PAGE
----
At any rate, I don't think the title refers to poor Lenny and Eunice, bringing us to
8. "It has nothing good to say about America!" To the contrary. The novel aches with despair precisely because its author seems to love the country and its people so very much.
I urge anyone who takes that view to carefully reread the last four pages.
9. "It's not uplifting!" or "It's too uplifting!" If nothing else, one must have sympathy for the poor novelist, already hard set to the grind of sentences and paragraphs, when the same book is called dreadful by some because it's sentimental and pulls its punches, others because it's terribly bleak and empty and one happy critic because it's not nihilistic. I think the problem is exacerbated here by the fixation on the word "satire." Super Sad is satirical, is "satire," but that's not all it is and far from all it aspires (mostly successfully) to be. I find it very funny, but it certainly isn't slapstick, meant to be a happy-go-lucky tale of an America down on its luck yet still plucky and full'o'good folk. At the same time, it isn't a laundry list of the Ills of Modern Civilization, nor a broad, surly attack on the United States and all it ever has been or ever will be. It chooses its punchlines carefully, has few true targets and even in them sees weakness rather than evil (one poster asks where the Tea Party is-shot through almost every page), and is, most of all and most wisely, almost entirely devoid of rancor.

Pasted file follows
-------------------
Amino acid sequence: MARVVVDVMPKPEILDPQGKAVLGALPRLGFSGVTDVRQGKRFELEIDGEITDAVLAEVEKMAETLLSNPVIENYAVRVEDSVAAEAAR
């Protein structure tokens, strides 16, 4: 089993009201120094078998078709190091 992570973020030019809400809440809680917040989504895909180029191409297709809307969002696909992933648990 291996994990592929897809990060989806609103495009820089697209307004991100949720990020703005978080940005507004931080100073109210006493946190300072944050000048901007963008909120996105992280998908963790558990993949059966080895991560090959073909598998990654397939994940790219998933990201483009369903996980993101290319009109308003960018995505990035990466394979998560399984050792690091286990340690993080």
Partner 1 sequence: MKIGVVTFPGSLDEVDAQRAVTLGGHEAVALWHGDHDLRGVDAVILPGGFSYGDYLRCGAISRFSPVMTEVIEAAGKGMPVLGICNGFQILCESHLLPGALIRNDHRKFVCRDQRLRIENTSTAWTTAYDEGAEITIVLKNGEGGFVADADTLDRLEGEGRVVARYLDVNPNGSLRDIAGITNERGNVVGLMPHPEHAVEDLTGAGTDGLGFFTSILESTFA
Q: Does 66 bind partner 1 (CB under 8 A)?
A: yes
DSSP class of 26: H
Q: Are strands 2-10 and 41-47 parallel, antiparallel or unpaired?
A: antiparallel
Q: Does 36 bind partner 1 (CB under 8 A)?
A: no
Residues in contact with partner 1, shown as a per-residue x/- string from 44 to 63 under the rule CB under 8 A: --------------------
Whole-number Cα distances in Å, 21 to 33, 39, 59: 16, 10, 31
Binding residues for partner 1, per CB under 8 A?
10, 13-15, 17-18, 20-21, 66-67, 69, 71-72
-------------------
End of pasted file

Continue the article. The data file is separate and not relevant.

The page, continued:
Super Sad is, as all great novels, many things (satire, romance, pyrotechnics display, character study, tale of the city), but above all it is a tragedy. The comparison to Twain is inapt. If one has to be made, it should be to Fitzgerald.
10. "None of the characters are likable!" This isn't the purpose of fiction. Grow up.
And regardless, expand your sympathies. Lenny is a coward, Eunice is a child, both, and all their cohorts, are little in a world the big and the little have together made a moral hash. They aren't heroic because few people are, they reflect the chaos, callousness and vanity of their time because most people do, and they change without necessarily becoming better because perfectly upward trajectories belong to kitsch.